The MeteoIO Open Source library aims at making data access easy and safe for applications in environmental sciences requiring general meteorological data. Since real world, measured data are often far from perfect and suffer from various issues (missing data, invalid data, measurement errors or innaccuracies), it is necessary to correct the data before using it into a numerical model or any other kind of application. This is where MeteoIO steps in by offering a tool that can take in the raw data and make it suitable to be used by a model.
MeteoIO is aimed at researchers working with meteorological data, software developers and numerical models developers.
MeteoIO has been designed to be model and application independent, robust, easy to integrate and easy to use. MeteoIO's main design goals are:
- providing data format/protocol independent data access
- providing safe and robust I/O
- making I/O code as unobtrusive and simple as possible for the user
- providing ready to use data to the user, which means transparent caching, filtering, resampling, spatial interpolation.
- enabling unattended use from an IO point of view
- offering high modularity so that individual elements of the library can easily be replaced/expanded/added
- by its modularity, help interdisciplinary development, each module being targeted at a specific developer profile
MeteoIO is a C++ library provided free of charge with complete documentation (tutorials, code examples, API's documentation) under the LPGL version 3 open source licence. As such, feel free to contribute (The development takes place on GitLab)! You are also encouraged to drop us a line if you use MeteoIO, this is a great way to support us! It is recommended to rely on the Inishell Graphical User Interface to configure MeteoIO. When using Inishell, you get the best of both worlds: a user friendly GUI while still keeping the possibility to run the generated ini configuration file in batch mode.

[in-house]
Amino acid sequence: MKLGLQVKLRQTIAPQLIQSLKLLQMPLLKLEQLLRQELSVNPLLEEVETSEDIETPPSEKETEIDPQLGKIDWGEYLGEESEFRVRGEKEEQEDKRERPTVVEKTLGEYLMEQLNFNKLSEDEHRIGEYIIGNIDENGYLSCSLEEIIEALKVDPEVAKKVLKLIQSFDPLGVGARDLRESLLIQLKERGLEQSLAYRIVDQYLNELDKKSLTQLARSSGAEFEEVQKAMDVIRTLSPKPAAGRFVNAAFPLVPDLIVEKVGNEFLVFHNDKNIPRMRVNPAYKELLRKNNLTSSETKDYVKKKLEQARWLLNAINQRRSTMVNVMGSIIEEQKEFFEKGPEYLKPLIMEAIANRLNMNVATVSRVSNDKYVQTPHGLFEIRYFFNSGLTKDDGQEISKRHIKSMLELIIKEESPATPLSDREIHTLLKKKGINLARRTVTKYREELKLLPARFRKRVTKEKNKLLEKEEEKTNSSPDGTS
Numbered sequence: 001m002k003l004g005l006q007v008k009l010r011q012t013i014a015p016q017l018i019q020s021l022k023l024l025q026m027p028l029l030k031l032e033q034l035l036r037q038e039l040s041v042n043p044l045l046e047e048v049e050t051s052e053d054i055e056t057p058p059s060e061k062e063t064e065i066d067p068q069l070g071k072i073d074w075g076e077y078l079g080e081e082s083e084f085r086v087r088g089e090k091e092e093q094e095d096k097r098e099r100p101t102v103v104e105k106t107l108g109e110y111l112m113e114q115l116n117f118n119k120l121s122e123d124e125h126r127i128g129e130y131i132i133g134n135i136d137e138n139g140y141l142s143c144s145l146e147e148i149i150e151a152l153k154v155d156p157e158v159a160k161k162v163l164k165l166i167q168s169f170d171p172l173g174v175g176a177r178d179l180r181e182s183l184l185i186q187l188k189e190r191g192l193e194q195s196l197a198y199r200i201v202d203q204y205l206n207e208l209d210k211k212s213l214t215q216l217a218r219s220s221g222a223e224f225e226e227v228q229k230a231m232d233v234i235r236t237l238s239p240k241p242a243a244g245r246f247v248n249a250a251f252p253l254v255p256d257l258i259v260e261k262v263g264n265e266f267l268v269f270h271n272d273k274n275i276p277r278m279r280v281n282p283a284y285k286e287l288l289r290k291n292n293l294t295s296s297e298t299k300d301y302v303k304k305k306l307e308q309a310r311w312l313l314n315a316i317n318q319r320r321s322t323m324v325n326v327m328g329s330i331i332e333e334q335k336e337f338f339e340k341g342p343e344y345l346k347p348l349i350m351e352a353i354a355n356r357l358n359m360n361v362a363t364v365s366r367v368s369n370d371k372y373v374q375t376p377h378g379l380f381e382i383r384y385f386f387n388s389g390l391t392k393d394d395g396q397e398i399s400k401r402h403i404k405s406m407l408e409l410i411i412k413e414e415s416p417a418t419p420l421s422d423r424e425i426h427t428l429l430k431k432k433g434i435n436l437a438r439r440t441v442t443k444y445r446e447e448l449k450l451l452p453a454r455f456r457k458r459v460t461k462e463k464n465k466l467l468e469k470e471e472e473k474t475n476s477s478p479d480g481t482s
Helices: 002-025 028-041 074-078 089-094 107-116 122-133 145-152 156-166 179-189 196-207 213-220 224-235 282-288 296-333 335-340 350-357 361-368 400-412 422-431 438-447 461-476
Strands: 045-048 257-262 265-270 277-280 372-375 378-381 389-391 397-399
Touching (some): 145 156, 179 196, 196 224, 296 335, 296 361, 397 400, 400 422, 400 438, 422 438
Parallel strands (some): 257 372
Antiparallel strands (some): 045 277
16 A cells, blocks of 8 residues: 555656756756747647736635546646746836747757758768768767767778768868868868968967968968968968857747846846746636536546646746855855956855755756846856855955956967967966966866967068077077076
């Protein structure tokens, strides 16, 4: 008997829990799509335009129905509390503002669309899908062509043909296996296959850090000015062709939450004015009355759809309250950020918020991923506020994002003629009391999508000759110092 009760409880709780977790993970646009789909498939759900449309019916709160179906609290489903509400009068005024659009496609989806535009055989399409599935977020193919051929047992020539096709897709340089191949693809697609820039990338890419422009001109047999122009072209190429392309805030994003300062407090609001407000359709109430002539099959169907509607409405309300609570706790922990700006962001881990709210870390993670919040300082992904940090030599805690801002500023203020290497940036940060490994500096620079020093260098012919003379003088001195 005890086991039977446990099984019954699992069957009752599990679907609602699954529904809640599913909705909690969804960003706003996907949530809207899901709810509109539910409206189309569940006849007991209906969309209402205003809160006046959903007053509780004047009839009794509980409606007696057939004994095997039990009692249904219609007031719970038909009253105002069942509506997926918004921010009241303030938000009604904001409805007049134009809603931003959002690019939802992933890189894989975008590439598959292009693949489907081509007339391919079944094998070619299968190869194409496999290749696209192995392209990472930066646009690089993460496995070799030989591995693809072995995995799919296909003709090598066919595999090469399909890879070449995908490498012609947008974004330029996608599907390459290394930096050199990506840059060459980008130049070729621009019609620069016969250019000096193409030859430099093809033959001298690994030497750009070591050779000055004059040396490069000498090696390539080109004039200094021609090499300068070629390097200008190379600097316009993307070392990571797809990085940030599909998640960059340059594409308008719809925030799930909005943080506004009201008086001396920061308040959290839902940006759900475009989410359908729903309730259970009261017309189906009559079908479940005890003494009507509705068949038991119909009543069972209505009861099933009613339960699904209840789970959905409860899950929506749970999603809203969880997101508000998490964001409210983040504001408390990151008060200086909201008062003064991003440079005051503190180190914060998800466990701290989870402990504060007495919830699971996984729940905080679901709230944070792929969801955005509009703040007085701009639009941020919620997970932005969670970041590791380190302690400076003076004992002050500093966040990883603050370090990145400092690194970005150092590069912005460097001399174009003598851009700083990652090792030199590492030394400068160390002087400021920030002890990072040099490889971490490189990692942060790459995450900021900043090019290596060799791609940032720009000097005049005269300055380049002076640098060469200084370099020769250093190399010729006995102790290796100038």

Detailed software description
A large number of the problems encountered by users of numerical models working on large meteorological data sets can be traced back to the Input/Output functionality. This comes from the focus of the model developers on the core modeling issues at the expanse of the I/O routines that are costly to properly implement. Therefore the I/O routines often lack flexibility and robustness. When using numerical models in operational applications, this becomes a major drawback and a regular source of problems.
The MeteoIO library has been designed to address this issue. It is an additional layer between the data and the numerical model, handling the retrieval of data from various data sources as well as the data pre-processing.
The online documentation provides an overview of the general structure of MeteoIO and the description of a typical setup.
Here below is a list of some published works that describe various aspects of MeteoIO.
- a complete description of MeteoIO in Bavay, M. and Egger, T., "MeteoIO 2.4.2: a preprocessing library for meteorological data", Geosci. Model Dev., 7, 3135-3151, doi:10.5194/gmd-7-3135-2014, ;
- some example applications in Bavay, M., Fiddes, J., Fierz, C., Lehning, M., Monti, F. and Egger, T., "The METEOIO pre-processing library for operational applications", In International Snow Science Workshop ISSW, Innsbruck, Austria, ;
- a data standardization system based on MeteoIO is decsribed in in Bavay, M., Fiddes, J. and Godøy, Ø., "Automatic Data Standardization for the Global Cryosphere Watch Data Portal" Data Science Journal, 19(1), p.6. DOI: http://doi.org/10.5334/dsj-2020-006, ;
- a similar data standardization architecture has been presented at EGU2022, the slides are found at DOI: 10.5281/zenodo.6647316.